EU Data Protection Officers Have Serious Concerns About Planned Data Act

The EU Commission wants to leverage the dormant potential in data, but data protection commissioners are calling for higher barriers in areas such as advertising and scoring.

The EU Commission has overshot the mark with its draft data law. The European Data Protection Supervisor (EDSA) and the EU Data Protection Supervisor Wojciech Wiewiórowski criticize this in a joint opinion. They urge EU lawmakers to ensure that citizens’ vested rights are respected. This is critical, he said, because the proposed Data Act would also apply to highly sensitive personal data.

The core concerns of the Commission’s initiative are to advance the exchange of data between companies and with the public sector, to introduce new data access rights for networked products, and to make the international transfer of data more secure. Each user should have access to all the information he or she has contributed to generating. Providers of connected products and connected services such as virtual voice assistants would have to make corresponding data available to the user in easily accessible form in real time free of charge as standard.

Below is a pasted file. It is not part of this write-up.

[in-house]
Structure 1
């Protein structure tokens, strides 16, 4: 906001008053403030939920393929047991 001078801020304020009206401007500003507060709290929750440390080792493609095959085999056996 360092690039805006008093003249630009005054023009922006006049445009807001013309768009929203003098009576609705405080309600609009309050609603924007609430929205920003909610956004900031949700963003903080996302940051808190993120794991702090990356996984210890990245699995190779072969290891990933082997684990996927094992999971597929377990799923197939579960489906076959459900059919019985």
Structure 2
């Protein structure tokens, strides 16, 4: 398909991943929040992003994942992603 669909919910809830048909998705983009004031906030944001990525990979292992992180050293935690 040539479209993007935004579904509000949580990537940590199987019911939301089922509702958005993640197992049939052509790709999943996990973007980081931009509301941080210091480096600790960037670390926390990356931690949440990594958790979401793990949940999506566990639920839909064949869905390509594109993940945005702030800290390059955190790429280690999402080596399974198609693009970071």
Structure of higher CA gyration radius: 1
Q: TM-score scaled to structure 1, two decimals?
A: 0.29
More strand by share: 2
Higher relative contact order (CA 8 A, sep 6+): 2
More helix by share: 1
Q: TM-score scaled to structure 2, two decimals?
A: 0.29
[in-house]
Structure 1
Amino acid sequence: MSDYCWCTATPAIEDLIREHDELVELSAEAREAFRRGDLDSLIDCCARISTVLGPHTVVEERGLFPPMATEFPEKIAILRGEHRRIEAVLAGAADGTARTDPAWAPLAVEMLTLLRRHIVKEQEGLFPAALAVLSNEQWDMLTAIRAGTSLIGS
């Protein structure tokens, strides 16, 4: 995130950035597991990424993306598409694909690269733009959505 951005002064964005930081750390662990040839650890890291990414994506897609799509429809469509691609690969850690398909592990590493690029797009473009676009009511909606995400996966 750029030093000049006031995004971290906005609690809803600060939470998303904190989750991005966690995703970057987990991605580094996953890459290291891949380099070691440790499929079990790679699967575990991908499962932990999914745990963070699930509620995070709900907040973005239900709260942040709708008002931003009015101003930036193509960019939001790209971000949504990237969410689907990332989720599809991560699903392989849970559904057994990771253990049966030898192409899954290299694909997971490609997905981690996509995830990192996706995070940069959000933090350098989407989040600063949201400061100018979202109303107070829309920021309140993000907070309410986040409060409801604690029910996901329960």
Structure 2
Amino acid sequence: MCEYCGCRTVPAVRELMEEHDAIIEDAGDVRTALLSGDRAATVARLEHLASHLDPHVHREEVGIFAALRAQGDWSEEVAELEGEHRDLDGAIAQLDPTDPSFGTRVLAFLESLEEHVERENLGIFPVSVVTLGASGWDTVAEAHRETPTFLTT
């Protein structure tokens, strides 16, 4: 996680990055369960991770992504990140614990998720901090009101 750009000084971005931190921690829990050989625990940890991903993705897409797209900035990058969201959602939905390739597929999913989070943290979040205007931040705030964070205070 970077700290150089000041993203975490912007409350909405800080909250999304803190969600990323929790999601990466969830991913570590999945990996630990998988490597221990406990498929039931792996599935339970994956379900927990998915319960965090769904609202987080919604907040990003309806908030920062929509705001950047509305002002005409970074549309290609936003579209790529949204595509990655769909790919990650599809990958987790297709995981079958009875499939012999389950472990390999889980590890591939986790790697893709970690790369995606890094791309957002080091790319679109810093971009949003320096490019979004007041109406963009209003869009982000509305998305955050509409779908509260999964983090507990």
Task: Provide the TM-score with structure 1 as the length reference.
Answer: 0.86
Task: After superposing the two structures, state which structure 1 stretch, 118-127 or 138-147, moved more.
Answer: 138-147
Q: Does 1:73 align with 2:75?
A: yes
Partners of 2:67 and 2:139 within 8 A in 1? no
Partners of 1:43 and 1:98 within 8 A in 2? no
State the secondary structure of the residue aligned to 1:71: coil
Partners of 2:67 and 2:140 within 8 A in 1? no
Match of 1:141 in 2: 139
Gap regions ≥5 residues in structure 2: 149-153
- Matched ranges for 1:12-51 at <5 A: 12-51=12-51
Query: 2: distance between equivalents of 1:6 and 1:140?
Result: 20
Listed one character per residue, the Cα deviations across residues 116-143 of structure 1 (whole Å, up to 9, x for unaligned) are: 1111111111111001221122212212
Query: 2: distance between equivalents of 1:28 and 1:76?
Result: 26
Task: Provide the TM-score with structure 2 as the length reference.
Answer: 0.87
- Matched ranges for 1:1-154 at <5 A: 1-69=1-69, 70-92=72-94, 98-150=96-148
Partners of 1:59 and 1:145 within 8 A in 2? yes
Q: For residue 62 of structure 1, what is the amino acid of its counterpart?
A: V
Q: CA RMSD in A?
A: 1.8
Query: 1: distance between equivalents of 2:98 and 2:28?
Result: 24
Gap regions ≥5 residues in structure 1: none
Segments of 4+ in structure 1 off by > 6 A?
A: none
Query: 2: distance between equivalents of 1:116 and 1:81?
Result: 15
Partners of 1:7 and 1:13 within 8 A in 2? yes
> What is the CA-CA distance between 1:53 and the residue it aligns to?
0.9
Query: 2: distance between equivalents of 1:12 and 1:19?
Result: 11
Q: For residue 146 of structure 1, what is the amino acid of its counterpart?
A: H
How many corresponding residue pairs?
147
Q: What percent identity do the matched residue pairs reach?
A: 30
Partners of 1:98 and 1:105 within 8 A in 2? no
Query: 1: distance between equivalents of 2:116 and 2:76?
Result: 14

The EDSA and Wiewiórowski advise the EU Parliament and the Council of Ministers to clearly limit the possibilities to use relevant data. This must apply, in particular, when the information would potentially “allow accurate conclusions to be drawn about the private life of the data subjects or otherwise entail high risks for the rights and freedoms of the data subjects.”

The legislators see both institutions in particular demand when products and services involve data processing for direct marketing or advertising purposes, employee monitoring, and creditworthiness checks via scoring. Information that is generated, for example, for eligibility for health insurance and for calculating or changing other insurance premiums is also sensitive.

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